Cash feeder cattle markets were good this past week. Groups of 700-800 lb. feeder steers were trading on Superior’s Bellringer sale in Oklahoma City for $170—higher if they sold with production attributes. If you’re producing feeder cattle with NHTC, verified natural, GAP and other attributes, you’re producing for a program. Can these programs be considered an alternative marketing agreement (AMA)? I suppose not, since they sell at auction.

The latest COVID-19 variant has slowed things down a bunch; cattle slaughter has drifted lower because employees are not coming to work. The need for fewer cattle has suspended the rapid advances in the fed cattle market, which was trading between $135-138. Hopefully packers will be fully staffed going forward. 

It’s easy to see that cattle marketing is changing; it’s difficult to sell bawling calves in today’s markets, unless you’re willing to take a lot of risk. And cattle feeders want those program cattle because they have developed a market for them. 

Reduced slaughter numbers, largely a result of labor shortages thanks to the latest COVID-19 variant, led to lower cash prices this week. On the feeder cattle side, demand has been high.

Consumers are looking for different types of beef products. Retailers have always tried to brand their beef. More and more producers differentiate their feeder cattle for specific markets, and they are more than likely going into a feedlot that has a formula contract with the packers and a contract with a retailer.

Having the Biden administration make their announcement that they will invest a billion dollars into the beef producing supply chain sounded like it might be a big deal. To me, it just seemed like they were paying lip service to the industry’s louder participants. NCBA didn’t even comment on the show.

The packing industry has made a huge windfall the past two years and it was just dumb luck they earned huge profits. The cattle feeders went into this COVID mess with plenty of inventory, packers’ employees suffered through the pandemic and couldn’t make it to work, so meat production went down and prices went up. It’s easy to be jealous of the packers’ profits when you’re not getting much. Now that cattle supplies have moderated, prices are going up and in two years, packers may be losing money.

It’s kind of interesting that when packers need product, they usually find a way to get it produced. When the Holcomb, KS, fire happened right before Labor Day, a big beef weekend, they figured out how to produce the product to fill orders. This last quarter of the year was the same way: packers had big orders for middle meats and couldn’t process them fast enough. Labor is still a huge issue.

AMAs have become common in our business and I doubt they are going away. The poultry and hog industries went that way and they appear to be working for them. They produced consistency and security in the food supply. The beef industry has been working on consistency for the past 20 years and is close to getting it right. A total of 82 percent of the beef produced today is Choice or better, and we have great demand. There is still too much carcass variation.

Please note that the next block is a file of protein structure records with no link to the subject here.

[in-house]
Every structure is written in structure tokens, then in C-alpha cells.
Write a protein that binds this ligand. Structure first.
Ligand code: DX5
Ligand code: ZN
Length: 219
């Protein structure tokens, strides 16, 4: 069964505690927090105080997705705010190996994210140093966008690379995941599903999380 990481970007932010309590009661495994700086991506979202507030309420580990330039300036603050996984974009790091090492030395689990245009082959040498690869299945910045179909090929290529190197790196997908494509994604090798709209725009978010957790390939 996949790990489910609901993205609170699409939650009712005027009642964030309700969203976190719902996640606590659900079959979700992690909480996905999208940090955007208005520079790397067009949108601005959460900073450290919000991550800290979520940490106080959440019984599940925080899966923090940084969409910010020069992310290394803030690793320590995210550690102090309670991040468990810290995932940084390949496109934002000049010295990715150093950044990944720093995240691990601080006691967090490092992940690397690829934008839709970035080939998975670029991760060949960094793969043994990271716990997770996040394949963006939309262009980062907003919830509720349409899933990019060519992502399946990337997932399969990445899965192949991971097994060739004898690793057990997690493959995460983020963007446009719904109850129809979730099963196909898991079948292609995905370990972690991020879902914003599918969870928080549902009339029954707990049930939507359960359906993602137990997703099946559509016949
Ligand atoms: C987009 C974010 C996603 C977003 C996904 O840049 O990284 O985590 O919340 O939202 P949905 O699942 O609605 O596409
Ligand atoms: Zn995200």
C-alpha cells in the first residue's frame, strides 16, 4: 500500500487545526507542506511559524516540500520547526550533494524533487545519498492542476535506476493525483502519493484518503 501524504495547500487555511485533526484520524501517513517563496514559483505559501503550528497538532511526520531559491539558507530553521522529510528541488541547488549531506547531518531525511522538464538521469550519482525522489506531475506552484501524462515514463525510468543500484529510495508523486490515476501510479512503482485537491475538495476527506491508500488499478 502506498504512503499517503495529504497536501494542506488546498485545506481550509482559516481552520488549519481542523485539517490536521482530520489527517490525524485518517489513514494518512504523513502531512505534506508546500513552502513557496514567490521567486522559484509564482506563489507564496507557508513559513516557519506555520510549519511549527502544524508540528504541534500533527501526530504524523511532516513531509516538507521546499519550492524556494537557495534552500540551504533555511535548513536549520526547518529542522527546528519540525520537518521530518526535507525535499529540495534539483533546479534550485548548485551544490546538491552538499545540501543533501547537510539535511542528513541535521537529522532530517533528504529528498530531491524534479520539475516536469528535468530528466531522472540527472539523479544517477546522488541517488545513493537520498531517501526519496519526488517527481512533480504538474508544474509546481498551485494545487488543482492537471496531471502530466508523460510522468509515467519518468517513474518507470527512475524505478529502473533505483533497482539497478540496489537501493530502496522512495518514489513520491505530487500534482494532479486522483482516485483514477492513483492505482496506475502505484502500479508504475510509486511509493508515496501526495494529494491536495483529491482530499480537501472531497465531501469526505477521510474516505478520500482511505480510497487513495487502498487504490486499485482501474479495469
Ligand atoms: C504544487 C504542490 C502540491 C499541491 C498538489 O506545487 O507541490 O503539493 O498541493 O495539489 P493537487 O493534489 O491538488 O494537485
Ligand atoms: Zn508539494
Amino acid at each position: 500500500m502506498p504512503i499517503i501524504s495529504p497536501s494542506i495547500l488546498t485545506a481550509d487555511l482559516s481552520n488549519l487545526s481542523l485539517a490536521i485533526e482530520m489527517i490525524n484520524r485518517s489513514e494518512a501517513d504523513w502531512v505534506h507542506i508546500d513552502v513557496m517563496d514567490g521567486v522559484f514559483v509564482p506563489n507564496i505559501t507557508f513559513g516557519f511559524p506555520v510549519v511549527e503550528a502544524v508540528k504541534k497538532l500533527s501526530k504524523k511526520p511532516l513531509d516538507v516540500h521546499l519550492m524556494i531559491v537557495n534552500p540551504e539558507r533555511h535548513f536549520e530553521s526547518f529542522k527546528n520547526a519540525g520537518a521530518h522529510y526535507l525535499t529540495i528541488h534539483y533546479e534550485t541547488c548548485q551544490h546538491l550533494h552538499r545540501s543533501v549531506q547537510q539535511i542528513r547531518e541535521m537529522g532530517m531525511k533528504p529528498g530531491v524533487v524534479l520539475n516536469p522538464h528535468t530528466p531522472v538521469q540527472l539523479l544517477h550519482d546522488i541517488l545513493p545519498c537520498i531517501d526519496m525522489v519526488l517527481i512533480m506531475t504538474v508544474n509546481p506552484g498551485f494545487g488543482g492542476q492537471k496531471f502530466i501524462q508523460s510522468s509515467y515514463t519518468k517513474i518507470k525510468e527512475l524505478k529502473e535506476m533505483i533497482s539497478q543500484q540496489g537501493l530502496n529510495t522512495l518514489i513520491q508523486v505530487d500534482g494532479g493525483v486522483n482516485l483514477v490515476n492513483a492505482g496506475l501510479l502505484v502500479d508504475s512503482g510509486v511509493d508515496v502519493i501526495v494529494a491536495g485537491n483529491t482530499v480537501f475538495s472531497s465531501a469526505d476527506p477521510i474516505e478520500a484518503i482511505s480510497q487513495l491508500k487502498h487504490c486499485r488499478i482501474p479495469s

The corporate feeders and packers have a common interest in managing inventory. The cash market will be the primary market for feeder cattle and slaughter cows. We have a great marketing system, there are auction markets throughout the country, and they consolidate feeder cattle for cattle feeders and the feeders consolidate fed cattle for the packer. Our marketing system works well and is transparent as it gets with the live auction.

Having the federal government come into the beef cattle marketing system isn’t the right way to go. When the government gives you something like a billion dollars, there will be strings attached. The right way to go is for packers and feeders to communicate, cow-calf producers to communicate to their buyers, and seedstock producers to communicate with cow-calf producers. Communication will solve all problems. 

“Buy land, they’re not making it anymore,” said Mark Twain, which rings even more true today. Brokers who spoke with WLJ wished there was more land, as the lack of inventory and the number of buyers has made it a seller’s market.

The cattle markets are working like they are supposed to—we have good price discovery. We need the big packers so we can get full value out of the beef animal. It goes back to who can handle the hide and offal best. Small packers don’t have much of a chance at getting that value. But they have an advantage on niche products and customer service. And they need to work with producers to get the type and quality of cattle they can sell for premiums. 

Fed cattle markets are evolving and have been for the past 20 years. There will always be a cash market for fed cattle, but AMAs are working for most cattle feeders, especially the big ones. Pray for rain. — PETE CROW

What do you think?

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